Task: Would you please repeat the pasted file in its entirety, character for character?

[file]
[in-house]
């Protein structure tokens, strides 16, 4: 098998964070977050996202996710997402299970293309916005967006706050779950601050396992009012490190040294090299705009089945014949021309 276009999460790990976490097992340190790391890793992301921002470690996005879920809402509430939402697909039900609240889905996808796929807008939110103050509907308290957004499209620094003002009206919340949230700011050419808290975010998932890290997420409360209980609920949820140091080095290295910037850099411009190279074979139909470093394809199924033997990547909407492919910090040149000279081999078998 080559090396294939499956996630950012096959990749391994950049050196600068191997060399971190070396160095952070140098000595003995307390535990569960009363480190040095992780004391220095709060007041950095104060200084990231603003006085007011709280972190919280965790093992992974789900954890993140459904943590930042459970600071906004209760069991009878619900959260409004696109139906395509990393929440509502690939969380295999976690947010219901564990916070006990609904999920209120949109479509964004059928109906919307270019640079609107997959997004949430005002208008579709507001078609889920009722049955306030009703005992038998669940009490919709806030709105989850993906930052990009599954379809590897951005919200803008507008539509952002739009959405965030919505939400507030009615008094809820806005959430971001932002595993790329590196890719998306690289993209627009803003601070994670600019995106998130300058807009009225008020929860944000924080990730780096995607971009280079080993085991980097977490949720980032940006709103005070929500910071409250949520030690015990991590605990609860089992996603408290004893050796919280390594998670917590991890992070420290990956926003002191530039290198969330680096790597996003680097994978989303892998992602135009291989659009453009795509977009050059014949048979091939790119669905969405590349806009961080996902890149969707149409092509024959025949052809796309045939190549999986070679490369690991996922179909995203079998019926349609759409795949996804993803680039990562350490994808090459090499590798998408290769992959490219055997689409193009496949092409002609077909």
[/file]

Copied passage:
[in-house]
């Protein structure tokens, strides 16, 4: 098998964070977050996202996710997402299970293309916005967006706050779950601050396992009012490190040294090299705009089945014949021309 276009999460790990976490097992340190790391890793992301921002470690996005879920809402509430939402697909039900609240889905996808796929807008939110103050509907308290957004499209620094003002009206919340949230700011050419808290975010998932890290997420409360209980609920949820140091080095290295910037850099411009190279074979139909470093394809199924033997990547909407492919910090040149000279081999078998 080559090396294939499956996630950012096959990749391994950049050196600068191997060399971190070396160095952070140098000595003995307390535990569960009363480190040095992780004391220095709060007041950095104060200084990231603003006085007011709280972190919280965790093992992974789900954890993140459904943590930042459970600071906004209760069991009878619900959260409004696109139906395509990393929440509502690939969380295999976690947010219901564990916070006990609904999920209120949109479509964004059928109906919307270019640079609107997959997004949430005002208008579709507001078609889920009722049955306030009703005992038998669940009490919709806030709105989850993906930052990009599954379809590897951005919200803008507008539509952002739009959405965030919505939400507030009615008094809820806005959430971001932002595993790329590196890719998306690289993209627009803003601070994670600019995106998130300058807009009225008020929860944000924080990730780096995607971009280079080993085991980097977490949720980032940006709103005070929500910071409250949520030690015990991590605990609860089992996603408290004893050796919280390594998670917590991890992070420290990956926003002191530039290198969330680096790597996003680097994978989303892998992602135009291989659009453009795509977009050059014949048979091939790119669905969405590349806009961080996902890149969707149409092509024959025949052809796309045939190549999986070679490369690991996922179909995203079998019926349609759409795949996804993803680039990562350490994808090459090499590798998408290769992959490219055997689409193009496949092409002609077909």